Cait Ross 24:35
Yeah, that’s all really, really helpful and I think really, really tangible for us to think about if we’re not already observing what’s what’s coming out on the other end when we’re going the bathroom. So I’m curious Heather, I know we you talked a little bit earlier about elimination diets and how you had had this realization personally, that for you it was about adding more nourish men versus trying to restrict and eliminate. And yet we hear so much on social media and on the internet about elimination diets. And, oh, there’s this type of diet. And there’s this type of diet. And there’s keto. And there’s veganism. And a lot of those right are rooted in taking out either certain foods or certain whole food groups like meat in general, or, yeah, just certain certain types of foods. So can you share your perspective on these elimination diets, and maybe share with us a little bit about why they don’t work for most people in your experience? So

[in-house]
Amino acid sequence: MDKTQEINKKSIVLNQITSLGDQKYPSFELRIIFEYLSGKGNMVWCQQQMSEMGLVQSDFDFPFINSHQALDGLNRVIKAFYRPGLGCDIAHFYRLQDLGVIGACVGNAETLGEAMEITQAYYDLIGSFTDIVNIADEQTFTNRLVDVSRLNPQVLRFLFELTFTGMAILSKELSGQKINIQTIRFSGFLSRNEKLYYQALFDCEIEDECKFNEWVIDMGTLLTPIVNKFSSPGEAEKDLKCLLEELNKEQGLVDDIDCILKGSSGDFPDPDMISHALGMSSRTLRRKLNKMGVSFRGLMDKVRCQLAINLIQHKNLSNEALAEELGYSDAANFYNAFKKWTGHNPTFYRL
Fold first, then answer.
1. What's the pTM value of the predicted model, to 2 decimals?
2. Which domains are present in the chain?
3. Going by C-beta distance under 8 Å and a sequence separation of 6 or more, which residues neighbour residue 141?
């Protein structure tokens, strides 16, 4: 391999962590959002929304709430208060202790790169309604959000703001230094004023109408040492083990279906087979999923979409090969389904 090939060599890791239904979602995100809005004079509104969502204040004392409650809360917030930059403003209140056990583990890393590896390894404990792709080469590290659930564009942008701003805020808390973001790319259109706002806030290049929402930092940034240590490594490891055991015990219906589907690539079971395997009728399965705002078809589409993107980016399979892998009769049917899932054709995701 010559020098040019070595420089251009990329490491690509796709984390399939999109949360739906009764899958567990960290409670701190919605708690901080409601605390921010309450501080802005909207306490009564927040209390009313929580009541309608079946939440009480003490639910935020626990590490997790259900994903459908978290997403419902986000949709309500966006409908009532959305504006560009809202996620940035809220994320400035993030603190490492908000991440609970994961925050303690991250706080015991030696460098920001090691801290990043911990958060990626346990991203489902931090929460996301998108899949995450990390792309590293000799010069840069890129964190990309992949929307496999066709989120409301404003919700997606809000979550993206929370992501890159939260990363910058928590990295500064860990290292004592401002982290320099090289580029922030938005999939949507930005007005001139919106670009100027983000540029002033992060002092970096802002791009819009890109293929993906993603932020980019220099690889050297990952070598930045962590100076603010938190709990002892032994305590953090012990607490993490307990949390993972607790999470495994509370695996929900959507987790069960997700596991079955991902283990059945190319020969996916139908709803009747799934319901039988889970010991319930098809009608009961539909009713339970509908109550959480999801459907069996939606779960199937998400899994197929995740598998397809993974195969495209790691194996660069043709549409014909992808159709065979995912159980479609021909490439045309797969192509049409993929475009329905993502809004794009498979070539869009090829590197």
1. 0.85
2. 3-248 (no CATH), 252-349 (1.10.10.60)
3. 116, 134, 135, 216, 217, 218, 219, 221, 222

Heather Finley 25:41